Skip to Content

Dark Matter

by David D. Esselstrom

Astrophysicists hypothesize that dark matter, which neither emits nor absorbs light, makes up 83 percent of the universe. Keep this in mind as you walk into a bookstore and saunter through the young adult and teen fiction sections. Read the titles. Glance at the cover illustrations. Dark matter now seemingly fills 83 percent of the available shelf space.

From orphans pursued by a larcenous relative to wizards battling for control of a magical realm and vampires and werewolves contesting for love and blood, to quasi-gladiatorial bouts to decide who gets to live—works by such authors as Lemony Snicket, J.K. Rowling, Stephenie Meyer, and Suzanne Collins become cultural phenomena, filling bookstore shelves and evolving into blockbuster movies. Many parents and educators express concern over the depiction of raw violence and exploration of dark themes in children’s and young adult fiction, not to mention the films that follow them. They ask three questions: Will this material harm impressionable, young minds? Why is such violent, supernatural, and dystopian fare now popular? What should we do?

First, let’s be honest. Anything can be harmful, especially when filtered through a sinful nature. Even Scripture has been used to justify slavery and the subjugation of women. Challenging works of fiction such as The Hunger Games trilogy are not dangerous in and of themselves. In fact, all genre fiction reinforces traditional moral structure.

The values of friendship, loyalty, courage, and honesty play as central a role in these darker works as they do in the Little House on the Prairie or Anne of Green Gables series. That stories have a beginning, middle, and end conserves our ideals about the nature of time and experience. That actions have consequences underscores our moral sense of causality. That fidelity to one’s family and friends binds communities to a common good and purpose establishes and perpetuates our attachments to one another. That the hero or heroine ventures out on a quest or mission that tests and challenges these ethical ties and moral verities highlights the strengths of these virtues rather than revealing the weaknesses. In fact, the uncovered weaknesses are perversions of these values.

The adults in these works often are portrayed as clueless, cruel, or well-meaning but ineffectual characters. The youthful heroines and heroes must confront and battle alone the forces of evil. Some fear that these portrayals ­­undermine young peoples’ respect for their elders, but I disagree. First, all stories are told from a particular character’s perspective. Second, as Bruno Bettelheim argues in The Uses of Enchantment, his work on the import of fairy tales, young people confront a frightening and dizzyingly complicated world with odds stacked against them. Adults have access to the resources necessary for life, and are not surprised when tomorrow follows today. These works tell young people that they can confront seemingly insurmountable obstacles and not only survive, but also prevail through courage, cunning, perseverance, and friendship.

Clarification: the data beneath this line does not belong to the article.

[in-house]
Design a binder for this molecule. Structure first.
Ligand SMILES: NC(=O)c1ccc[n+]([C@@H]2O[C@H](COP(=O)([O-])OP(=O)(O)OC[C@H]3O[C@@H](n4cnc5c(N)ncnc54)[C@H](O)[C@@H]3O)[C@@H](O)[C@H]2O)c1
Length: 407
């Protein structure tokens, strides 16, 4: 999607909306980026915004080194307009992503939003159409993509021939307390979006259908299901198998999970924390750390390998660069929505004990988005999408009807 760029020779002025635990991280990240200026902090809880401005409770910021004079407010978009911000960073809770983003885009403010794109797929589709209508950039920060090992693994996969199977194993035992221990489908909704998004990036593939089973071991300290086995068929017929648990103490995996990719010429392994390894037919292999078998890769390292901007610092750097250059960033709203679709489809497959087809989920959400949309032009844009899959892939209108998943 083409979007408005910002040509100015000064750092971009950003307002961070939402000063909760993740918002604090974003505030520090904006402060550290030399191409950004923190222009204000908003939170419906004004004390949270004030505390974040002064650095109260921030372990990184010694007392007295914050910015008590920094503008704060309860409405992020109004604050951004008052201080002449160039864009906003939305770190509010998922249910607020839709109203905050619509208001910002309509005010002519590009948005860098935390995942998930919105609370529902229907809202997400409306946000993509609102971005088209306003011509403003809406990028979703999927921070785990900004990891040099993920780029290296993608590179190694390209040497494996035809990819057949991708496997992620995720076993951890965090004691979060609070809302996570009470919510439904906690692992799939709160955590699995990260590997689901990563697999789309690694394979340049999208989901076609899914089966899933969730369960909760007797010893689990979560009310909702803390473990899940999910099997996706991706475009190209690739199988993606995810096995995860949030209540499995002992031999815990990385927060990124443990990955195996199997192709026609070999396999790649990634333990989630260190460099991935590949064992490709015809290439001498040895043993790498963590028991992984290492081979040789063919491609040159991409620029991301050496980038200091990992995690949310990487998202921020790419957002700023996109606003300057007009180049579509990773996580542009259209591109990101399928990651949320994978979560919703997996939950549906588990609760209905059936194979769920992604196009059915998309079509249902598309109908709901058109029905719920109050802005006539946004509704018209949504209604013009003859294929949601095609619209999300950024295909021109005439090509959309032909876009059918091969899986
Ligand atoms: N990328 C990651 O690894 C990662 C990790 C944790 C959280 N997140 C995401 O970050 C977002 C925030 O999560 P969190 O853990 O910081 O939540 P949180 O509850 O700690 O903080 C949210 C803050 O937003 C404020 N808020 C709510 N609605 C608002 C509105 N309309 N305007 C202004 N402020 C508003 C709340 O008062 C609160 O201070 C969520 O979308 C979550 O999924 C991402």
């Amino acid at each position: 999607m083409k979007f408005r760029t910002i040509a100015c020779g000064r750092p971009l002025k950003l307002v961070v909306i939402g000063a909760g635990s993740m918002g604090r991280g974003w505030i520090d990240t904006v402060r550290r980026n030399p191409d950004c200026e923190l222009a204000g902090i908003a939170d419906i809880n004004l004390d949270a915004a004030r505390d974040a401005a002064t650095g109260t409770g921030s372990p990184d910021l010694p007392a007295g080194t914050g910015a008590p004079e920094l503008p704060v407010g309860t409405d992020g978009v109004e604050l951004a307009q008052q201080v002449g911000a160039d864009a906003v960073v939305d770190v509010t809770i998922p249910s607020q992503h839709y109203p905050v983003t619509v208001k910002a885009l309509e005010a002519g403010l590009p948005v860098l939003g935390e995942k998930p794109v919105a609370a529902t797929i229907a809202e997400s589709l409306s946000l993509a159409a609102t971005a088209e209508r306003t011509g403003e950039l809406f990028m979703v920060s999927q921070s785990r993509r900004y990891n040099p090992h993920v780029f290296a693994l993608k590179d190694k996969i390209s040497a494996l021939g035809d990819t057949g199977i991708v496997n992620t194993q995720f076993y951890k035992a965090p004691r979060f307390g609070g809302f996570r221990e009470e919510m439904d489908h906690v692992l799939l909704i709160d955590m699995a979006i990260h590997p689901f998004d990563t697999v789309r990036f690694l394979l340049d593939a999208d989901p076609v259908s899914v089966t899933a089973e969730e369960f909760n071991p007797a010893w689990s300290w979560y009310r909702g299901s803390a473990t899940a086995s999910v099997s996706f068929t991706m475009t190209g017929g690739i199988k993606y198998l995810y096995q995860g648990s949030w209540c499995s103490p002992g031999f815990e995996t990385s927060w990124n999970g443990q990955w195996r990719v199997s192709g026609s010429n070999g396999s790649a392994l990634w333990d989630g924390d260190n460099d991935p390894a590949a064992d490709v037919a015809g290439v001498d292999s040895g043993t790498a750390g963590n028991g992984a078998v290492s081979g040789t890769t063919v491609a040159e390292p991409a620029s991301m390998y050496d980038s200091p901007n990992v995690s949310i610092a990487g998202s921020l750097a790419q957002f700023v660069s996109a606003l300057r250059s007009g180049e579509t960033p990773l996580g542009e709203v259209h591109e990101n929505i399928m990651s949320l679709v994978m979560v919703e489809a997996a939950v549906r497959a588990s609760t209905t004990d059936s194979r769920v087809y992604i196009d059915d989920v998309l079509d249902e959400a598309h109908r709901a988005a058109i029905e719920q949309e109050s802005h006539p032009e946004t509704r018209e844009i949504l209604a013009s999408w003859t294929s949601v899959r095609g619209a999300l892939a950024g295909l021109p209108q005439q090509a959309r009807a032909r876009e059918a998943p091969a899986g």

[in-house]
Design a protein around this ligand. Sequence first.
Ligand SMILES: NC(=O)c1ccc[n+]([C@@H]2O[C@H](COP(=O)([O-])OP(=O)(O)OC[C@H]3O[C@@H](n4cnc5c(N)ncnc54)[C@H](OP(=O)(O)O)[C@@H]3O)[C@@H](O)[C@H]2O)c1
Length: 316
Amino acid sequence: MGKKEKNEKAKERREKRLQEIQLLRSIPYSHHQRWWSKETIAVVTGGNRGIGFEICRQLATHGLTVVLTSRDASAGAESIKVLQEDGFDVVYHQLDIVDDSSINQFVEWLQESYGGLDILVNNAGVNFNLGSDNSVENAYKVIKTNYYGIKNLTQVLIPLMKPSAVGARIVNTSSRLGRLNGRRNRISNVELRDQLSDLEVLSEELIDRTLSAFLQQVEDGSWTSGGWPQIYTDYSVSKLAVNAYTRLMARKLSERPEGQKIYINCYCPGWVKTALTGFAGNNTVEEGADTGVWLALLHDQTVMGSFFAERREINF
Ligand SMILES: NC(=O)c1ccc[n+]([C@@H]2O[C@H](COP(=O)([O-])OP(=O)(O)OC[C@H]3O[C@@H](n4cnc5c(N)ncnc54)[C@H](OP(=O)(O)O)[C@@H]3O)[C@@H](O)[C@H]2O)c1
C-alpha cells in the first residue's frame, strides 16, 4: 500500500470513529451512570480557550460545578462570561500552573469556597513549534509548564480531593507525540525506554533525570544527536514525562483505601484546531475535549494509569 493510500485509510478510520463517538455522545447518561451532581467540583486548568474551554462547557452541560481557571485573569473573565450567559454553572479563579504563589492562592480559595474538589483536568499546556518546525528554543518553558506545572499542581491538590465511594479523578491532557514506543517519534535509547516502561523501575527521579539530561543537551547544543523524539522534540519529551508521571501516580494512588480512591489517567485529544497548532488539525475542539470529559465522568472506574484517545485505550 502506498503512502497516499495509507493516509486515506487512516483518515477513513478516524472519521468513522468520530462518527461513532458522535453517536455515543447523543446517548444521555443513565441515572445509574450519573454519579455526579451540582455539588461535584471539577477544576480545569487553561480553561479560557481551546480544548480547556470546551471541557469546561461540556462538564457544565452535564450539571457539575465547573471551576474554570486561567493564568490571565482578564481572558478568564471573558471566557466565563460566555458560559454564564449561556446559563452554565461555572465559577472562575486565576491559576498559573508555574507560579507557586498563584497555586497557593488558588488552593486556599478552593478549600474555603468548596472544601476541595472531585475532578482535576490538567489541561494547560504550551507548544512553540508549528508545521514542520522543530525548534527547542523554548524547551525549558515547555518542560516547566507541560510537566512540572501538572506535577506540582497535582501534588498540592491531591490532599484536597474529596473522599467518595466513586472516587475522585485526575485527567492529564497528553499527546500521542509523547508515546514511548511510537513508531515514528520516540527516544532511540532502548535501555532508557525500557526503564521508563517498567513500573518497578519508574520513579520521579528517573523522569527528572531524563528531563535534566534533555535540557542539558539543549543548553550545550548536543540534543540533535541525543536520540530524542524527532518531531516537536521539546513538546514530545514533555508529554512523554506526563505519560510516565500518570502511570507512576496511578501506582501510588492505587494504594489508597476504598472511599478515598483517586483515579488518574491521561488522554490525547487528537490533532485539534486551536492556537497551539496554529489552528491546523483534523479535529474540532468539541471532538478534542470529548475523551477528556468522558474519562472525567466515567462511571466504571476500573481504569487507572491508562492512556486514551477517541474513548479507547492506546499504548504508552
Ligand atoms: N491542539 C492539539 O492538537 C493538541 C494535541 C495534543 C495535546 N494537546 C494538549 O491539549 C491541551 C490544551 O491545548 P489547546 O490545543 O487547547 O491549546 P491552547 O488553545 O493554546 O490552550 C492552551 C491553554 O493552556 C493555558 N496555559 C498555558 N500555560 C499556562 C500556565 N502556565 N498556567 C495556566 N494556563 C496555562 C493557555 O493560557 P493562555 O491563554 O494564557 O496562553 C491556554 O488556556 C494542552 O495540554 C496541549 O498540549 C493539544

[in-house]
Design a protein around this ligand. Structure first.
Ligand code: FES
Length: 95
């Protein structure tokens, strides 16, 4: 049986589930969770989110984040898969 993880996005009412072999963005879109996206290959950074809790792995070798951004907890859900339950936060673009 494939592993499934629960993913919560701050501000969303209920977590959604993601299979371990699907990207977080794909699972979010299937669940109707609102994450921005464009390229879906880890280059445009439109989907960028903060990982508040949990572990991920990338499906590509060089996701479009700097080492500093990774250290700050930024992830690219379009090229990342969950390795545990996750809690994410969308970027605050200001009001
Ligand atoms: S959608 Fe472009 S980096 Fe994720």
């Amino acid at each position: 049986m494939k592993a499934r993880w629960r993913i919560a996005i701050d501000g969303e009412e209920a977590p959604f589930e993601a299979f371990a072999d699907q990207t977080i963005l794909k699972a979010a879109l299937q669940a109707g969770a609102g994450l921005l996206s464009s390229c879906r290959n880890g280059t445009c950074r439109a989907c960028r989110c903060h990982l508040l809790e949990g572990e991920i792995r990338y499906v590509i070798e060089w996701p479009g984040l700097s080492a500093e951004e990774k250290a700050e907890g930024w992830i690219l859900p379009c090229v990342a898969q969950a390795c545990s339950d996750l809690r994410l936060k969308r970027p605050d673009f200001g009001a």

Why are such works attracting a large readership now? Growing up in the ’50s and ’60s, we all feared nuclear annihilation and the disintegration of civilization. Stanley Kubrick’s Dr. Strangelove seemed, for us, a documentary. Walter Miller’s A Canticle for Leibowitz and William Golding’s Lord of the Flies were not fanciful speculations, but real possibilities. Darker themes in fiction represent responses to deep anxieties permeating a culture. Young people in 2012 must deal with more numerous and often more insidious fears. The literature in question does not perpetuate or exacerbate the anxieties; it helps young people face, engage, and overcome them.

So, what can concerned scholars and parents do? First, we must understand the importance of the larger view. Writing never happens in a vacuum; neither does reading. All reading takes place in the midst of two communities. The first comprises everything created by all of one’s prior reading. The second includes the people around us who, through discussion and interchange, shape our attitudes, opinions, and judgments—friends, family, and classmates. This conversation is crucial, and the point at which adults can make a difference. If we take Ephesians 6:4 seriously, we will listen to our children and students with respect, patience, understanding, and generosity, and will be sympathetic toward their efforts to understand and engage their world.

Through this conversation, we build the capacity in the young to make moral decisions by themselves and for themselves. It’s not what young people read, but what they do with what they read, that counts. Our interchanges with our children and students enable us to help frame the conversation and contribute to the learning that follows. By engaging with them, even reading the books they read and seeing the movies that shape them, we immunize them against dangers that we may not even perceive and probably cannot understand. Such immunization does not “provoke our children to wrath” but rather promotes understanding and righteousness, and is, therefore, far superior to quarantine.

David D. Esselstrom, Ph.D., is chair and professor in the Department of English. desselstrom@apu.edu

"Young people in 2012 must deal with more numerous and often more insidious fears. The literature in question does not perpetuate or exacerbate the anxieties; it helps young people face, engage, and overcome them."

Originally published in the Summer '12 issue of APU Life. Download the full issue (PDF).